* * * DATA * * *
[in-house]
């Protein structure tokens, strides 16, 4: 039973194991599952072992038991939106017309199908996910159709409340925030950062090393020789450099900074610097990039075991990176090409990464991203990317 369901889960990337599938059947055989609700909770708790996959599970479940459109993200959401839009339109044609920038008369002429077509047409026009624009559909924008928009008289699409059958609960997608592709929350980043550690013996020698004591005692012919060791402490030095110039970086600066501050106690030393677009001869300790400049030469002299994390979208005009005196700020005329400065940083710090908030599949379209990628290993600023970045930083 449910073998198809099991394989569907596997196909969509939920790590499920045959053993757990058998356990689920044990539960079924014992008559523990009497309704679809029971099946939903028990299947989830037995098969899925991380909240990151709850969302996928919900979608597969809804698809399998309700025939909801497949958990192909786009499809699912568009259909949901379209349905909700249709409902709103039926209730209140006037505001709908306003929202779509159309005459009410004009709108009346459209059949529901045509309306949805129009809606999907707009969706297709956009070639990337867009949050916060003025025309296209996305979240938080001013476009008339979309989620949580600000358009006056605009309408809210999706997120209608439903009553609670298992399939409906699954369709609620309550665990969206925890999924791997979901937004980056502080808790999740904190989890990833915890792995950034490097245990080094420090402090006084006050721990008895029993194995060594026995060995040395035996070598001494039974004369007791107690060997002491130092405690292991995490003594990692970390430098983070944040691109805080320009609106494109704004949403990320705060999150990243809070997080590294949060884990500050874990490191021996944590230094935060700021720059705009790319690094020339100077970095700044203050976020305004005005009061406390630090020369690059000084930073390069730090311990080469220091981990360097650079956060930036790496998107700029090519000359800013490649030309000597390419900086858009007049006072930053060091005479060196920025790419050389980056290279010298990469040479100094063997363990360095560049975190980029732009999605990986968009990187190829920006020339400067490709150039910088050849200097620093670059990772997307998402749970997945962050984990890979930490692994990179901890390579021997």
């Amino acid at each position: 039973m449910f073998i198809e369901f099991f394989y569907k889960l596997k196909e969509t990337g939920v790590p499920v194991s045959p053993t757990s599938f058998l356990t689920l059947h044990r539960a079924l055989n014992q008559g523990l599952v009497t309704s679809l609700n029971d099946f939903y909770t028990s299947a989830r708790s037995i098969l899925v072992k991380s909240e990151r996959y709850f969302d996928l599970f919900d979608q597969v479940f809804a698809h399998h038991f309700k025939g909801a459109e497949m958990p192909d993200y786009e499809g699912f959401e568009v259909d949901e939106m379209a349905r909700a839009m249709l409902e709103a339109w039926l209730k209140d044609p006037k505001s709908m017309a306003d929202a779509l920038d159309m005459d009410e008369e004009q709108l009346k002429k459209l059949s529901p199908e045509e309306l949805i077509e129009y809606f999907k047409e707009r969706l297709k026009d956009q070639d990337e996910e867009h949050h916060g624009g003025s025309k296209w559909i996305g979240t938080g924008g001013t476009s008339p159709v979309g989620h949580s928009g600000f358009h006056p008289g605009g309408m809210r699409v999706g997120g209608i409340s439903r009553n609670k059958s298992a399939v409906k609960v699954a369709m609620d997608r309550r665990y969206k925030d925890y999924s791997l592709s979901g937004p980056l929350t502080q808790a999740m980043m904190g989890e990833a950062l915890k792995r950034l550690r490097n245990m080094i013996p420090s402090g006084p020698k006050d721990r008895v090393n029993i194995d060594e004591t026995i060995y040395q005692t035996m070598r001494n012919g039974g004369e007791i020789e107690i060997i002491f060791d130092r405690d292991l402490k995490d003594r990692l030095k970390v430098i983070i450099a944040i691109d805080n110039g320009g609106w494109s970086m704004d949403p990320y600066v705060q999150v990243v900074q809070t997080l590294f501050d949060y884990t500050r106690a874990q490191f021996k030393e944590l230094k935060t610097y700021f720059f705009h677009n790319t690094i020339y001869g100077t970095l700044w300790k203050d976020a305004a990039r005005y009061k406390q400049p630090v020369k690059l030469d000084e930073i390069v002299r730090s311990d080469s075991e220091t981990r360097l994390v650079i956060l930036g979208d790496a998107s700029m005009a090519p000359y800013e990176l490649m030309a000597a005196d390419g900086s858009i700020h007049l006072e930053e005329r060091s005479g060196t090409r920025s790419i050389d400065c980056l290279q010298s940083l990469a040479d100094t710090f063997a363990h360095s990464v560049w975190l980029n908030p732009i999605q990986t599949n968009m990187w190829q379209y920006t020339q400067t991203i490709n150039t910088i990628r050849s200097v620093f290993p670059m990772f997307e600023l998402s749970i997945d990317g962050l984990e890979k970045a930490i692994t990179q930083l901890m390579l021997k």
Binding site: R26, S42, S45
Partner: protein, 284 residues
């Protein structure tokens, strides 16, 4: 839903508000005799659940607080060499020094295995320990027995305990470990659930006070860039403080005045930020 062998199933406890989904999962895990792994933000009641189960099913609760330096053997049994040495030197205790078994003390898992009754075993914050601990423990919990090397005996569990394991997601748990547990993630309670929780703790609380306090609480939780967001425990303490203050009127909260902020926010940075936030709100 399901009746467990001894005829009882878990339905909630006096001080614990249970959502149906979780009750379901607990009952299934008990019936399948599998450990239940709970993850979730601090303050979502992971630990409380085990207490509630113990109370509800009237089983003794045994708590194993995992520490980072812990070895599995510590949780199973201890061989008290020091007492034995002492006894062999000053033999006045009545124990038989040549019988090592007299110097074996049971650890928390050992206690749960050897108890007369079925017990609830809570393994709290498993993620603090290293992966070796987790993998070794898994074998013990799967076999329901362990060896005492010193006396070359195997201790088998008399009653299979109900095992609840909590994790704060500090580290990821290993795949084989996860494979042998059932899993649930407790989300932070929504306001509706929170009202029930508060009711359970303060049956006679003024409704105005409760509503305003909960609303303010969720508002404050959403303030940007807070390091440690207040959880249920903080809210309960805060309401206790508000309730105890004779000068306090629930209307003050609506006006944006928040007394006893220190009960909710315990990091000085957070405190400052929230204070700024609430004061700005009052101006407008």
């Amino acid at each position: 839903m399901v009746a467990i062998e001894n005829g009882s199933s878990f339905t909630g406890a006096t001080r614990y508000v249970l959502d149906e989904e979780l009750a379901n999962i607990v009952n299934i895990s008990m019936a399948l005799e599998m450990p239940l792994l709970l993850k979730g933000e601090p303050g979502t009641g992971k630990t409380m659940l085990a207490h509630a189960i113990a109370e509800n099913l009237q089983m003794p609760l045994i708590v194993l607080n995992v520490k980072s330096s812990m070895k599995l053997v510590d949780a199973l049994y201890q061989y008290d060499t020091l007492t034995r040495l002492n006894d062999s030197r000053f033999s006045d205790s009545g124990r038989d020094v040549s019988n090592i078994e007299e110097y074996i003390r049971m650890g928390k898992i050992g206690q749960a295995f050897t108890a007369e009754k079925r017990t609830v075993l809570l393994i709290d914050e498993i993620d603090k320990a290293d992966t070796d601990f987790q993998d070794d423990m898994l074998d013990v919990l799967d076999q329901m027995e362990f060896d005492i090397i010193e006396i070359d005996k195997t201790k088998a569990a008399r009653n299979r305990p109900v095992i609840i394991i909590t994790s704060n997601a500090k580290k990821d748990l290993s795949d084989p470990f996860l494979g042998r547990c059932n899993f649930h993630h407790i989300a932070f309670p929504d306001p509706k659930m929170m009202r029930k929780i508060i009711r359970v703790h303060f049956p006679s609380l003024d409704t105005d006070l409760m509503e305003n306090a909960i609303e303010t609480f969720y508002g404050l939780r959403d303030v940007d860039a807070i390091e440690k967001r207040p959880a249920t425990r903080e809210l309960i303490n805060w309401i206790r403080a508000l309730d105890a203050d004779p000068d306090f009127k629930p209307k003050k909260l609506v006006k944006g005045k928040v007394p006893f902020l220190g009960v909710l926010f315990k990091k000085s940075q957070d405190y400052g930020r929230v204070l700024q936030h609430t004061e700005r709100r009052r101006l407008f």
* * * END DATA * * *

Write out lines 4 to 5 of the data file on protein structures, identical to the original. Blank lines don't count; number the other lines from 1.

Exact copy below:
Binding site: R26, S42, S45
Partner: protein, 284 residues